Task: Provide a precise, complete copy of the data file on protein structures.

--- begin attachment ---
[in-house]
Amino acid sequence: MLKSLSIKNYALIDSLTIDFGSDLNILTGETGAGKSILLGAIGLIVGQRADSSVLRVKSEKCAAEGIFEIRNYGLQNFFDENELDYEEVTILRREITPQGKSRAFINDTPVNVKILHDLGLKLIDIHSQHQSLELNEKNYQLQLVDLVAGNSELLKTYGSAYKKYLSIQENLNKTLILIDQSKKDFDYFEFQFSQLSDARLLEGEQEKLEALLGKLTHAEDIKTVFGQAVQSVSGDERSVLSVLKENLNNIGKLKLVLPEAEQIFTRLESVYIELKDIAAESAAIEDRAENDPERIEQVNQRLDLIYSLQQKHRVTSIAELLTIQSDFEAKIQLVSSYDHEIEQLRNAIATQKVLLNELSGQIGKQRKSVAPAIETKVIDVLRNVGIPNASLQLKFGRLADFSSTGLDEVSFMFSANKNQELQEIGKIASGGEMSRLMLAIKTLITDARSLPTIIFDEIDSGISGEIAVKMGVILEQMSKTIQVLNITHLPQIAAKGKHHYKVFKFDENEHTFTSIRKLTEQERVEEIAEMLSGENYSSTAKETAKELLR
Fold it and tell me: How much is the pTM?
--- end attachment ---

[in-house]
Amino acid sequence: MLKSLSIKNYALIDSLTIDFGSDLNILTGETGAGKSILLGAIGLIVGQRADSSVLRVKSEKCAAEGIFEIRNYGLQNFFDENELDYEEVTILRREITPQGKSRAFINDTPVNVKILHDLGLKLIDIHSQHQSLELNEKNYQLQLVDLVAGNSELLKTYGSAYKKYLSIQENLNKTLILIDQSKKDFDYFEFQFSQLSDARLLEGEQEKLEALLGKLTHAEDIKTVFGQAVQSVSGDERSVLSVLKENLNNIGKLKLVLPEAEQIFTRLESVYIELKDIAAESAAIEDRAENDPERIEQVNQRLDLIYSLQQKHRVTSIAELLTIQSDFEAKIQLVSSYDHEIEQLRNAIATQKVLLNELSGQIGKQRKSVAPAIETKVIDVLRNVGIPNASLQLKFGRLADFSSTGLDEVSFMFSANKNQELQEIGKIASGGEMSRLMLAIKTLITDARSLPTIIFDEIDSGISGEIAVKMGVILEQMSKTIQVLNITHLPQIAAKGKHHYKVFKFDENEHTFTSIRKLTEQERVEEIAEMLSGENYSSTAKETAKELLR
Fold it and tell me: How much is the pTM?